Despite the increasing body of scientific evidence that is available for the public’s review and consideration, creationists hold fast to their arguments, for they fear that to do otherwise will require them to either relinquish or negate their religious beliefs. Unfortunately, creationists fail to consider scientific evidence, considering it threatening to the creation narrative established in Genesis. As Scott and Branch concluded, “No matter how credible the scientific evidence…, no matter how clear the constitutional arguments; no matter how well-crafted the explanations that evolution and religious faith are not in conflict—this is not a battle that will go away soon" (viii).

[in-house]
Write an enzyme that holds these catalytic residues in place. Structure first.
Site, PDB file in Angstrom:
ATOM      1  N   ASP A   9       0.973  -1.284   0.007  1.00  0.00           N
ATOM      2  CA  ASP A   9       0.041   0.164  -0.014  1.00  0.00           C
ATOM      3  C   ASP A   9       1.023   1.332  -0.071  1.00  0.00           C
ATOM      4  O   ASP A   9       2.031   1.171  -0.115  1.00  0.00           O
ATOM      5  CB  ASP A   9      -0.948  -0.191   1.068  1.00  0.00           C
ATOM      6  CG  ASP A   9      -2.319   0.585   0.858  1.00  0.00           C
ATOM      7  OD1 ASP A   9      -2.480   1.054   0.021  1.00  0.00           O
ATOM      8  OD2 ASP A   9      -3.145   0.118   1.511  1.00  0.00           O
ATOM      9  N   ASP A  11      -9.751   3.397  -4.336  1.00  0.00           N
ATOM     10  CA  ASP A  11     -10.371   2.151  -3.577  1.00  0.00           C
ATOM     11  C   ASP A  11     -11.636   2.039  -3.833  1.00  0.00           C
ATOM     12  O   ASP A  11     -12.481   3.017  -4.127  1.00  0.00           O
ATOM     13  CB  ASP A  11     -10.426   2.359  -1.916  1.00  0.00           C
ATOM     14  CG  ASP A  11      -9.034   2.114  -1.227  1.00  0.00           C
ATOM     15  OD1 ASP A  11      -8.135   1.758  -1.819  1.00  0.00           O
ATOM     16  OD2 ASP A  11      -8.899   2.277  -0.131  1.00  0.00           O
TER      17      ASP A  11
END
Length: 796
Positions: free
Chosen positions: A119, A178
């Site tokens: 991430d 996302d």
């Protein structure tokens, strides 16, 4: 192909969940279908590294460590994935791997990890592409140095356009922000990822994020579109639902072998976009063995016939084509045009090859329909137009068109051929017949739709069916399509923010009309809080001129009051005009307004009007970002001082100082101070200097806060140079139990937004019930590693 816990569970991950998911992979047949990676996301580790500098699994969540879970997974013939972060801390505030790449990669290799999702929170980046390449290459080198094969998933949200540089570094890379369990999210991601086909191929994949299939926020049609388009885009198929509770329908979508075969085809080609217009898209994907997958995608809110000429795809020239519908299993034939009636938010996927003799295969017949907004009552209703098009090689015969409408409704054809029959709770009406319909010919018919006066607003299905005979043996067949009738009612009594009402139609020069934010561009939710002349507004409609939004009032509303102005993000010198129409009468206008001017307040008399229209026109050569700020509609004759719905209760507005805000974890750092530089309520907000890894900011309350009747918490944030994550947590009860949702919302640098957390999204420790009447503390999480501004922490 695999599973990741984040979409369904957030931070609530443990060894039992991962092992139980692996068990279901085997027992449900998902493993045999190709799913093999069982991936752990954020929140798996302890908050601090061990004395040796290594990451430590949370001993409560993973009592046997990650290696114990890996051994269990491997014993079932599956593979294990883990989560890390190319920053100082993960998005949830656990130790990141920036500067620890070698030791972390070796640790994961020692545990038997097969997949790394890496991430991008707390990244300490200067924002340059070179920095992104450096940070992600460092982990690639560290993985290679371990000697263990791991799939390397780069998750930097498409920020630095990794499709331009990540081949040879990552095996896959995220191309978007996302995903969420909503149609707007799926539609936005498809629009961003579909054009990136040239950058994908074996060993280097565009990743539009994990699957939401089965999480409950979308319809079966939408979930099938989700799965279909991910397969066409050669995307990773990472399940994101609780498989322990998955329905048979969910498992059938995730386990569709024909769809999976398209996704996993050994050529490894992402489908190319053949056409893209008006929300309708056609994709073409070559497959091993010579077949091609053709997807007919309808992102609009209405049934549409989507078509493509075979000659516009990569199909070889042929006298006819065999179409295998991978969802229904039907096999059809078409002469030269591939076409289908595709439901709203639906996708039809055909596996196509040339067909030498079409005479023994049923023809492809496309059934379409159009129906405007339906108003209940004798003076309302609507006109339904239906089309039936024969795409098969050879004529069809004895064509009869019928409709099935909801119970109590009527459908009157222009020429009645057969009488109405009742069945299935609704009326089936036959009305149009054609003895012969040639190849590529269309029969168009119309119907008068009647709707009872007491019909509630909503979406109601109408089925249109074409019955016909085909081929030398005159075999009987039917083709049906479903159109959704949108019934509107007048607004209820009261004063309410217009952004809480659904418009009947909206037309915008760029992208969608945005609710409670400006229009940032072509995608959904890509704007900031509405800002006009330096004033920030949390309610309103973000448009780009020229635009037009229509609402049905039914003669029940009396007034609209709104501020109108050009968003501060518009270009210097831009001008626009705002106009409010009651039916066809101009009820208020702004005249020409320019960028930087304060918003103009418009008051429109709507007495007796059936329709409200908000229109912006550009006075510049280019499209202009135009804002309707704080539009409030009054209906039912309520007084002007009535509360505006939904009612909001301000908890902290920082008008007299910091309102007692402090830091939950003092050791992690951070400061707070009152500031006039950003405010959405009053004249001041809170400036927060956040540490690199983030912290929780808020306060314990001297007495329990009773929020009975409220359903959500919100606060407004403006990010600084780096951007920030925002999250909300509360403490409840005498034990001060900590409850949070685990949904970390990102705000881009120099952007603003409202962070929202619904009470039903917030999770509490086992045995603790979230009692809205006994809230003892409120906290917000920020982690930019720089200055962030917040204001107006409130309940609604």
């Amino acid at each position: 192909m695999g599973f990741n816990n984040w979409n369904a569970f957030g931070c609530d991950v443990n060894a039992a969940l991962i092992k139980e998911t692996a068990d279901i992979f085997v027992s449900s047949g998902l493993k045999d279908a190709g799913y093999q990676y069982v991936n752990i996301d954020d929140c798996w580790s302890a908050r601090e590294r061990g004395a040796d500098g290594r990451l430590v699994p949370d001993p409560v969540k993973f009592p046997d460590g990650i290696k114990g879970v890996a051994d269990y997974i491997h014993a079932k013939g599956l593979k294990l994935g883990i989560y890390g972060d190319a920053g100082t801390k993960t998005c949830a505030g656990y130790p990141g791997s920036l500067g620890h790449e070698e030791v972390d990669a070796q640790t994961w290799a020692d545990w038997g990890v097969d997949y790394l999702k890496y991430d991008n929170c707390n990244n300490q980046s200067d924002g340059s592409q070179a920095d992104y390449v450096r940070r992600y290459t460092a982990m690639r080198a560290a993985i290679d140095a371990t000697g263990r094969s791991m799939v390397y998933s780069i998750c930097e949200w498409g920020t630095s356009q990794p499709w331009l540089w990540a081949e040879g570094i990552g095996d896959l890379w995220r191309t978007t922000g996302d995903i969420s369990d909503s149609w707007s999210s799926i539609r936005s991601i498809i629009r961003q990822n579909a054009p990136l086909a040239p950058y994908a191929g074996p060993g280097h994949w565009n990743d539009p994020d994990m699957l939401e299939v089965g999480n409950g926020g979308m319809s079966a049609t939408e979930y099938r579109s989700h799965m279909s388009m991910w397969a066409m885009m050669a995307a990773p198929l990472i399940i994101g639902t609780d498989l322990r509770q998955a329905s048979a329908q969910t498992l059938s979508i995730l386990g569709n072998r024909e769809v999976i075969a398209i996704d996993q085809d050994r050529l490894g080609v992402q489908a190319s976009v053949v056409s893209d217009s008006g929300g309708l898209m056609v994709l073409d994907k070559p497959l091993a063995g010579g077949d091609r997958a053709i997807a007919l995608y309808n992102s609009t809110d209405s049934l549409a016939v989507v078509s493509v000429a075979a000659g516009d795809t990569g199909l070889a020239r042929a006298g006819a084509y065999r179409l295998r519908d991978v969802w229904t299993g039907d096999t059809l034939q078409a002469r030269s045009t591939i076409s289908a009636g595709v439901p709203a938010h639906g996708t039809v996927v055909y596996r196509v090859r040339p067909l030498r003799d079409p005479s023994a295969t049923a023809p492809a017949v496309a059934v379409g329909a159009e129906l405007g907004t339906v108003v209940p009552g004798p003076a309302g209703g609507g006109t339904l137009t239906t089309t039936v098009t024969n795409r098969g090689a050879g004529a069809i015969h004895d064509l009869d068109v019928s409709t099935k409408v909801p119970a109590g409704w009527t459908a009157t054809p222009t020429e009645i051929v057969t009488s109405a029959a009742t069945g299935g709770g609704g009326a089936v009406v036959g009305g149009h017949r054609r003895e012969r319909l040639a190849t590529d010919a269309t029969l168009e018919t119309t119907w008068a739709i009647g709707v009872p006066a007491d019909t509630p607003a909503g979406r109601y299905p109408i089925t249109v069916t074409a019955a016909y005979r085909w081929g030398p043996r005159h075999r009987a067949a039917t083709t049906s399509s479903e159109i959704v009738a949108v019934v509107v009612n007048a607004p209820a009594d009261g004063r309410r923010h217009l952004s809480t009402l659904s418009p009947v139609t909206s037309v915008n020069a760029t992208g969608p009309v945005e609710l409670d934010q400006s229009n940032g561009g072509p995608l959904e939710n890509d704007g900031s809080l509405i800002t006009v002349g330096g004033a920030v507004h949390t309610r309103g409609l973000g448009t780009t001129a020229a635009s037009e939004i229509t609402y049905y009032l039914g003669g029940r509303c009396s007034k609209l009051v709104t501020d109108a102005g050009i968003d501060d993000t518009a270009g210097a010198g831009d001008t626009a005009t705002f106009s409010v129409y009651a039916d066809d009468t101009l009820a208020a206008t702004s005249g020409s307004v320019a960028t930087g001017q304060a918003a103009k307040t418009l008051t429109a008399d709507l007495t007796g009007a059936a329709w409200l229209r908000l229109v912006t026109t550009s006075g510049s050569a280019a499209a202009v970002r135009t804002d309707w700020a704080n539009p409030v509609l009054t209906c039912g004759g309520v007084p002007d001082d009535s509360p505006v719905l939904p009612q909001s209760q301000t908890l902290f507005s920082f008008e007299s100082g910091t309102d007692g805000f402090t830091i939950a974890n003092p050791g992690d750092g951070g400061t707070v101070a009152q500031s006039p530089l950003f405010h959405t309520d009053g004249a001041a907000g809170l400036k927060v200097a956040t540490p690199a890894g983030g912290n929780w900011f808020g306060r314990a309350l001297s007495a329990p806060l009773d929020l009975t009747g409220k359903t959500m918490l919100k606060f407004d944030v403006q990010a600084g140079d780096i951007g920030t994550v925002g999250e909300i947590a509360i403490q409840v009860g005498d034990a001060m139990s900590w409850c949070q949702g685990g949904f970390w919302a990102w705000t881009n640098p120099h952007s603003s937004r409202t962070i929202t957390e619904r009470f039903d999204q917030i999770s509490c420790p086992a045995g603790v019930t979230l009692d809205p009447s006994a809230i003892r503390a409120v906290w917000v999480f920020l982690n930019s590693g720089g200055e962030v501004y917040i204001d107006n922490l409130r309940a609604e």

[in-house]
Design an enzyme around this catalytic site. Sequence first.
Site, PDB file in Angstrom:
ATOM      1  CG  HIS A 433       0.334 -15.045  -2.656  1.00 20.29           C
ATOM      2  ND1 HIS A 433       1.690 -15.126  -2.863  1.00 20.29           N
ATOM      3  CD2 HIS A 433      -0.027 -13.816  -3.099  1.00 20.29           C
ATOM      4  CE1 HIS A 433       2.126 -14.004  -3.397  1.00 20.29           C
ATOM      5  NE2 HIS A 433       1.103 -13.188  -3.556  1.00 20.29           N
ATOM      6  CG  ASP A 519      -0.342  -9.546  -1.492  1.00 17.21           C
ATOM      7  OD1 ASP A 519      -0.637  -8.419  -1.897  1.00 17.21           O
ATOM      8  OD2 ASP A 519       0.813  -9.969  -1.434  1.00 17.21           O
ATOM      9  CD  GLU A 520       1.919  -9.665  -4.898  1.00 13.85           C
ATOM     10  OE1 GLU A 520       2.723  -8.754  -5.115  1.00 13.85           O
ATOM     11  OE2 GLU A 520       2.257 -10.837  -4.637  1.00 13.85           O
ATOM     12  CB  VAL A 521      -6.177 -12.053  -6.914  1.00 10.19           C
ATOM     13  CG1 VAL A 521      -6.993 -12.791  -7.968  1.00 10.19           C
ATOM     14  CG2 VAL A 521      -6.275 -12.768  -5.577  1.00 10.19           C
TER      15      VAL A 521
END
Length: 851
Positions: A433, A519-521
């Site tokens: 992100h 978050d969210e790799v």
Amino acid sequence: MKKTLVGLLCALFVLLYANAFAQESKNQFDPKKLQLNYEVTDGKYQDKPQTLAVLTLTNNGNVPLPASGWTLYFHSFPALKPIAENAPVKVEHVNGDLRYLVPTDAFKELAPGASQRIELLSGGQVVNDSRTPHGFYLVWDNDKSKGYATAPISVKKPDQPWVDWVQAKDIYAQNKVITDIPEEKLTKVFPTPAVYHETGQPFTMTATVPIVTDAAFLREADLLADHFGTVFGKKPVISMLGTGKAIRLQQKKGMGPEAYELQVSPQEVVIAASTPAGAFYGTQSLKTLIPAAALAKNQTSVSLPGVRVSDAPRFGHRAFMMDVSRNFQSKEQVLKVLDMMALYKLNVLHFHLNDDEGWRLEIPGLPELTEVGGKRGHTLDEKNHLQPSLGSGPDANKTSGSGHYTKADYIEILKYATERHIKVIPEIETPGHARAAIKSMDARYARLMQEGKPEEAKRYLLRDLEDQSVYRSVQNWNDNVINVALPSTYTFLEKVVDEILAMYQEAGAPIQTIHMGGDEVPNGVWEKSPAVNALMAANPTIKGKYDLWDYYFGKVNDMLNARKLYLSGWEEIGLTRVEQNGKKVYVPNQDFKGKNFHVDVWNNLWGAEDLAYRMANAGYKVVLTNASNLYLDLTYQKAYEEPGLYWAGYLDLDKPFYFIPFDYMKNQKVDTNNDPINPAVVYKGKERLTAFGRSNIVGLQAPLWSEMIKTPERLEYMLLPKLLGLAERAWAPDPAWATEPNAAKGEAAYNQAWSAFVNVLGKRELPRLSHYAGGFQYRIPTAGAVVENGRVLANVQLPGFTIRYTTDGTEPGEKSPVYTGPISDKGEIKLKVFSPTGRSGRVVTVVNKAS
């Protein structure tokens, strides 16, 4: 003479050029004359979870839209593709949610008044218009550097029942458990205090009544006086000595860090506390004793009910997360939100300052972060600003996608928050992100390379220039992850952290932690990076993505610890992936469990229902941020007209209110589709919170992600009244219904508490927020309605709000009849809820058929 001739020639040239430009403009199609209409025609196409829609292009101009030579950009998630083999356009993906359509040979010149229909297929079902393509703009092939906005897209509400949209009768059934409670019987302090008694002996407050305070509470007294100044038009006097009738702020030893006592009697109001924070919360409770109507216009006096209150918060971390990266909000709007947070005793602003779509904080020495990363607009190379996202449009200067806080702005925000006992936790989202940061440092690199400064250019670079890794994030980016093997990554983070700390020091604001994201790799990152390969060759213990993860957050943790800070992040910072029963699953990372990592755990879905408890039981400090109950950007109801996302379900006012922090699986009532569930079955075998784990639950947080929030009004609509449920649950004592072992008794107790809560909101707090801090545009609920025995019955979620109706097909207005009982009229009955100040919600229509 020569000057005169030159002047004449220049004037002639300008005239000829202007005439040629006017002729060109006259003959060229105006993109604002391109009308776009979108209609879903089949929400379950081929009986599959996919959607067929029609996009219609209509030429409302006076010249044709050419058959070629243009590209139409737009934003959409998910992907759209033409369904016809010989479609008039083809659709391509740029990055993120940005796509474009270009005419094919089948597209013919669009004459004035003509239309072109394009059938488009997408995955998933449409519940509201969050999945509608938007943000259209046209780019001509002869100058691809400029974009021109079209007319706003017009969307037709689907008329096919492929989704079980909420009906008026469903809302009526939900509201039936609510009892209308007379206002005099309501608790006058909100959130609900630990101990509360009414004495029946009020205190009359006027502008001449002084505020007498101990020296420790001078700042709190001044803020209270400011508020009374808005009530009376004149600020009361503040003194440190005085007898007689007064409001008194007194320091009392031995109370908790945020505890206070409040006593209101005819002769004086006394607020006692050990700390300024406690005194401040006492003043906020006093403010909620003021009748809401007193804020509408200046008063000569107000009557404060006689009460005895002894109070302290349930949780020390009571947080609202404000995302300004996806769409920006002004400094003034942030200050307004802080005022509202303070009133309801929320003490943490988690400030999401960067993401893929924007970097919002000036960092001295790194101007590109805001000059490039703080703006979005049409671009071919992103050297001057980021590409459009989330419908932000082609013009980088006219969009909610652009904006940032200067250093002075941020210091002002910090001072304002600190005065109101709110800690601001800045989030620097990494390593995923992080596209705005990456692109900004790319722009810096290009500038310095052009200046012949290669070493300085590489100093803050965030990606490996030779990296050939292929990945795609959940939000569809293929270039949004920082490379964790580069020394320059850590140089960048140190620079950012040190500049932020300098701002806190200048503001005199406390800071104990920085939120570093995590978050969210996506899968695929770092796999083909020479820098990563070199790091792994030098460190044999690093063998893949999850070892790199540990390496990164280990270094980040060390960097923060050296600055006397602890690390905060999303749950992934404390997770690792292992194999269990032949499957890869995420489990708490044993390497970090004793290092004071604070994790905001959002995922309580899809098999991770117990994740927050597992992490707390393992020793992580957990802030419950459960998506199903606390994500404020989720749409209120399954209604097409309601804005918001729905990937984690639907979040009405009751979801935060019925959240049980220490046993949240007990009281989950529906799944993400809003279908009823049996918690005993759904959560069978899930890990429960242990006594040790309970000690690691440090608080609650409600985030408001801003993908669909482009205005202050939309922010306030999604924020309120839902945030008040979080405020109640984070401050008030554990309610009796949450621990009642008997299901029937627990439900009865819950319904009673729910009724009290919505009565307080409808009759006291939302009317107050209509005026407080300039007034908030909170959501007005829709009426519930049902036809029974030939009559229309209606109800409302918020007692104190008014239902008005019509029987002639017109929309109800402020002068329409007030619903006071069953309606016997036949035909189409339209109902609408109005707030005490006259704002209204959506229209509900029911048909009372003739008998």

Barker, Ellen. “Does It Matter How We Got Here?: Dangers Perceived in Literalism and Evolutionism." Zygon: Journal of Religion and Science 22.2 (1987): 213-225.
Darwin, Charles. The Origin of Species. New York: Penguin, 2003.
Morris, Richard. The Evolutionists: The Struggle for Darwin’s Soul. New York: Macmillan.